I. Introduction

  1. QPT Concepts
  2. Landau Theory

II. Experiments

III. Soft-Mode Field Theory

  1. Effective Action
  2. Gaussian Approximation
  3. Generalized Mean-Field Theory
  4. RG Analysis

IV. Conclusion

Quantum Ferromagnetic Transitions
(and p-Wave Superconductivity)
in Itinerant Electron Systems*

D. Belitz+
University of Oregon

Abstract: This talk gives an overview of the quantum phase transition in itinerant ferromagnets. It is shown that this problem is much more interesting from a theoretical point of view than previous results suggested. In systems without quenched disorder, the upper critical dimension is dc+ = 3, and in d = 3 the transition can be either of first order or of second order, depending on microscopic details. Both the first-order transition and the second-order one are fluctuation-induced. In the second order case, the critical behavior in d = 3 is mean field-like with logarithmic corrections to scaling. In the presence of sufficiently strong quenched disorder, the transition is always of second order. The upper critical dimension is dc+ = 6, and the critical behavior in d=3 has been determined exactly. These results are compared with various recent experiments.

* With T.R. Kirkpatrick, T. Vojta, S.L. Sessions, M.T. Mercaldo, R. Narayanan
+ belitz@greatwhite.uoregon.edu


    4. Renormalization-Group Analysis

    Consider full theory (keep OP fluctuations)

    Consider fixed points, then analyze stability

    Consider clean case, disordered case proceeds analogously

      a) Tree level

      Look for fixed point with Gaussian propagators (Hertz's fixed point)

      Such a fixed point exists. Stability analysis

      Stable for d > 1 as long as z = zM

      Unstable (c2 relevant) for d < 3 if z = zq

        This happens if fermion loops are involved, e.g.,

      c2 relevant with respect to Landau FP for d < 3 !

      Landau FP unstable due to fermion loops

      Applies to disordered case as well, only the numbers change

      a) Loop level

      Need to keep loops systematically

      e.g., u =

      u has negative correction

      in perturbation theory, u(b -> ) < 0 always

      fluctuation-induced first order transition

      Maps on classic fluctuation-induced first order transition in superconductors
      ( Halperin, Lubensky, Ma 1974 )

      This is the generalized mean-field theory in RG language

      Go beyond perturbation theory: H(b -> ) ->

      Depending on initial conditions, u(b -> ) < 0 or > 0

      Transition may be first or second order !

      Physical interpretation :

      H ~ specific heat coefficient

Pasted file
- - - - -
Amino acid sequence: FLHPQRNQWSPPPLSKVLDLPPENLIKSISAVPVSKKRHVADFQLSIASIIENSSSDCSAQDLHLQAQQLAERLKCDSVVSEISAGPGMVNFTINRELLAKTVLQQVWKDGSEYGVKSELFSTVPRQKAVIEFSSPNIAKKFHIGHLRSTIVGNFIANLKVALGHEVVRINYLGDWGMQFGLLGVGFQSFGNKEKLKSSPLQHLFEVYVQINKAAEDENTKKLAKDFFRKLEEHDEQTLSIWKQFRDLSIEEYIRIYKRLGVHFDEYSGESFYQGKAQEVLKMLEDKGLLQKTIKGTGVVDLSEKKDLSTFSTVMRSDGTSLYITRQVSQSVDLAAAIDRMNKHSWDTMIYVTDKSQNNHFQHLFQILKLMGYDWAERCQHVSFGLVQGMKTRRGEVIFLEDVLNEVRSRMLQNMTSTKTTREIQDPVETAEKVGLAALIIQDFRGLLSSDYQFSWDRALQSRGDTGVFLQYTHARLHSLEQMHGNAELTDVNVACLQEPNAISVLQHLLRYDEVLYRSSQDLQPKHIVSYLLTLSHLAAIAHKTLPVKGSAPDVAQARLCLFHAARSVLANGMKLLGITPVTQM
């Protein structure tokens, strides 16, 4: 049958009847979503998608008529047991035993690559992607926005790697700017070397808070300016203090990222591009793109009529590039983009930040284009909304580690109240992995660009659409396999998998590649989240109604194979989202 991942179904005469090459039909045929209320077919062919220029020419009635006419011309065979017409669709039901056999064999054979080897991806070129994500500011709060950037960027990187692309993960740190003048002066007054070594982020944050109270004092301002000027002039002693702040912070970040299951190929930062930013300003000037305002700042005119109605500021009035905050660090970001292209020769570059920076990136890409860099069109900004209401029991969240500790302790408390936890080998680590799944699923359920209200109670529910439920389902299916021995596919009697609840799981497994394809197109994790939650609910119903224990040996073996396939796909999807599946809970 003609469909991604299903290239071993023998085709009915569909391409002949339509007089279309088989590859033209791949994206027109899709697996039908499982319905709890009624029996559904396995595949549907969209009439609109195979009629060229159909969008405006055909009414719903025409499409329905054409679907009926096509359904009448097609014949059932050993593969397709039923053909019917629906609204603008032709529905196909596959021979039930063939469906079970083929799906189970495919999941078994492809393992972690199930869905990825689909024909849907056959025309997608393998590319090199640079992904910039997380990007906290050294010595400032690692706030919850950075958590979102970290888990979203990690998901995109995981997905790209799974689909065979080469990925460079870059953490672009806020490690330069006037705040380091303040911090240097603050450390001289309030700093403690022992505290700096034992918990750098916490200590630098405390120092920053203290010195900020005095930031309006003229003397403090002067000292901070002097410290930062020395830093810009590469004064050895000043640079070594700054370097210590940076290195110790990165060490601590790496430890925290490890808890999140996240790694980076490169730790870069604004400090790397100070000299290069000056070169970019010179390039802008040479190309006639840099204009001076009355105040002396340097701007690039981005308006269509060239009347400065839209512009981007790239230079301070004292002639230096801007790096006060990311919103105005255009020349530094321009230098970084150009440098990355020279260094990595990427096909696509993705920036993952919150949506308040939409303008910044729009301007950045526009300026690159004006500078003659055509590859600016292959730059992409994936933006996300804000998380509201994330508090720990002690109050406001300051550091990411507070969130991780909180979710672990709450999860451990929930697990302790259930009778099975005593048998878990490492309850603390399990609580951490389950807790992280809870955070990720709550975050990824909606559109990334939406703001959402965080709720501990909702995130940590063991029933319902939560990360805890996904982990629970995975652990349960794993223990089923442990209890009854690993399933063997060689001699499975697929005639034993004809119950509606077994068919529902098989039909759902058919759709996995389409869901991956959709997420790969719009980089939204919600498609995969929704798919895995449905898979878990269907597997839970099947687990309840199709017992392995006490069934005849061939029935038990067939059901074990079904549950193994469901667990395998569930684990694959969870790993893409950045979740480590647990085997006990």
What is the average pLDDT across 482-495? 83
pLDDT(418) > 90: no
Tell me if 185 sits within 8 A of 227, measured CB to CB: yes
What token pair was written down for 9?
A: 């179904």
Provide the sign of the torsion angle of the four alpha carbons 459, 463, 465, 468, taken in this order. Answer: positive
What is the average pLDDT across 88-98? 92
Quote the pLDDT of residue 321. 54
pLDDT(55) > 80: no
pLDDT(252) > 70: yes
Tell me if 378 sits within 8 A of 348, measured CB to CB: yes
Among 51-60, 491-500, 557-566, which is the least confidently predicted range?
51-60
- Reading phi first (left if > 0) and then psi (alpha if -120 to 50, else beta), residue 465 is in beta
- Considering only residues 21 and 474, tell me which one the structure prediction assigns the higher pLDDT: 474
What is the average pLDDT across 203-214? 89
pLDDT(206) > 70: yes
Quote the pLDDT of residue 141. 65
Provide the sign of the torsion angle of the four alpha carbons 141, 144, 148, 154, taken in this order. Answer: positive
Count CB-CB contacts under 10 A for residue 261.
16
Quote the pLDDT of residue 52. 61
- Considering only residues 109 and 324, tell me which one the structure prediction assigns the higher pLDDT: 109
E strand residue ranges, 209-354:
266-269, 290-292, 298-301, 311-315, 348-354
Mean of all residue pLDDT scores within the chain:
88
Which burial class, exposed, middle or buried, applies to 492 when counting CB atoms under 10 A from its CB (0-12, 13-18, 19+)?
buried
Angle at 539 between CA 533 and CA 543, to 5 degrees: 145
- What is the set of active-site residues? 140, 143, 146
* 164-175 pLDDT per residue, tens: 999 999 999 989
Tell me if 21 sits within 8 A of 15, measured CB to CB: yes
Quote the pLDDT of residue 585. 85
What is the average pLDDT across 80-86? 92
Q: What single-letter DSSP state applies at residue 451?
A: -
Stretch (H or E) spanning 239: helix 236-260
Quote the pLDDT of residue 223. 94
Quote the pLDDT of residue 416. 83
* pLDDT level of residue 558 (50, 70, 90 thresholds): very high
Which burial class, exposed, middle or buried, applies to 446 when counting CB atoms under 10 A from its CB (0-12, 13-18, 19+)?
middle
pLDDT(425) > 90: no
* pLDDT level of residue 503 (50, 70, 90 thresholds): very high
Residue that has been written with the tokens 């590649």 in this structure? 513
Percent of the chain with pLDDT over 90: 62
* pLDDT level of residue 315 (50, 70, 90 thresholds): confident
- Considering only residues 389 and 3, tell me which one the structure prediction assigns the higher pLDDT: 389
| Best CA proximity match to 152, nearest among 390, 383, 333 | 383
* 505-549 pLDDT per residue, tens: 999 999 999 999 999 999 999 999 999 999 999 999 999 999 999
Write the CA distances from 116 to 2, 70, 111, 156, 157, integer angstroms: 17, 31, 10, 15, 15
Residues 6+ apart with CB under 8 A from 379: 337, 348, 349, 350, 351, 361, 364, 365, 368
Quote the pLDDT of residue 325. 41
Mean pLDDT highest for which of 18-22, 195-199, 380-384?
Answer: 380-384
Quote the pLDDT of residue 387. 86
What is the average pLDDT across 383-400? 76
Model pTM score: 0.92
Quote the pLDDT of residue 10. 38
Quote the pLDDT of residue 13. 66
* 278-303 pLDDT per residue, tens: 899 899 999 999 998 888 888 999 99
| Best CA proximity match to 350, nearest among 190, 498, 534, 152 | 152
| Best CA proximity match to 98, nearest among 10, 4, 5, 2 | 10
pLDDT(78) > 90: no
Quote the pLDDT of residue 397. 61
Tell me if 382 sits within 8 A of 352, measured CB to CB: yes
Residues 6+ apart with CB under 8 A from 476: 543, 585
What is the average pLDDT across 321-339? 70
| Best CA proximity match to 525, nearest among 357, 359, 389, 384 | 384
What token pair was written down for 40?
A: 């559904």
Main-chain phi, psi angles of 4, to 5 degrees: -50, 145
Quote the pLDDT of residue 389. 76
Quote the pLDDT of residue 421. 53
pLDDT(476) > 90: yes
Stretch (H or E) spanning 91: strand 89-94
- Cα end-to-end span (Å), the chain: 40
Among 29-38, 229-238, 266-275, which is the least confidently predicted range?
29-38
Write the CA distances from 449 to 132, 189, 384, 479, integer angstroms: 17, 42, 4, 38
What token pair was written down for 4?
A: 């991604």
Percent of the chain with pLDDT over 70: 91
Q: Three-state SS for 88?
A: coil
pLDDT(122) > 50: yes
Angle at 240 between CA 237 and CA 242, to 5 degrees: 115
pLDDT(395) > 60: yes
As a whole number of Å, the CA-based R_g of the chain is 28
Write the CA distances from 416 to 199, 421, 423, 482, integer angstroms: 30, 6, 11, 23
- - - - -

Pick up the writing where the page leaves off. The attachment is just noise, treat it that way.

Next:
Critical behavior of specific heat couples back to u

      Energy scales involved: Correlation energy vs Fermi energy or bandwidth

      First vs second order depends on ratio of energy scales;
      strong correlation favors first order

      First order transition
      stable if t1 sufficiently large
      destroyed by critical fluctuations if t1 is small

      Explicit calculation Second order case has

      mean-field exponents with log corrections in d = 3 (marginal operator c2)
      non-mean field exponents in d < 3

      Correctly predicts / is consistent with experiments on clean systems !

      Explicit calculation for disordered case

      Critical behavior as described by generalized mean-field theory with log corrections

      Correctly predicts exponents observed in URuReSi !


    Low-Tc itinerant ferromagnets are remarkably complex and interesting.

    The T = 0 transition can be 1st order for generic reasons: A fluctuation-induced 1st order transition preempts the continuous Landau transition.

    Crucial for this mechanism are soft fermionic modes and the resulting two time scales in the problem.

    If the 1st order transition is too close to the second order one it is trying to preempt, it becomes unstable with respect to a fluctuation-induced 2nd order transition. This transition is in a new universality class.

    Sufficiently strong non-magnetic disorder causes the transition to always be 2nd order. This constitutes yet another universality class, which is exactly solved.

    These results explain, or are consistent with, all experiments to date.

    Properties that are not understood (at least not completely):

      Ferromagnetic superconducting phase (partially understood)

      Non-Fermi liquid behavior (???)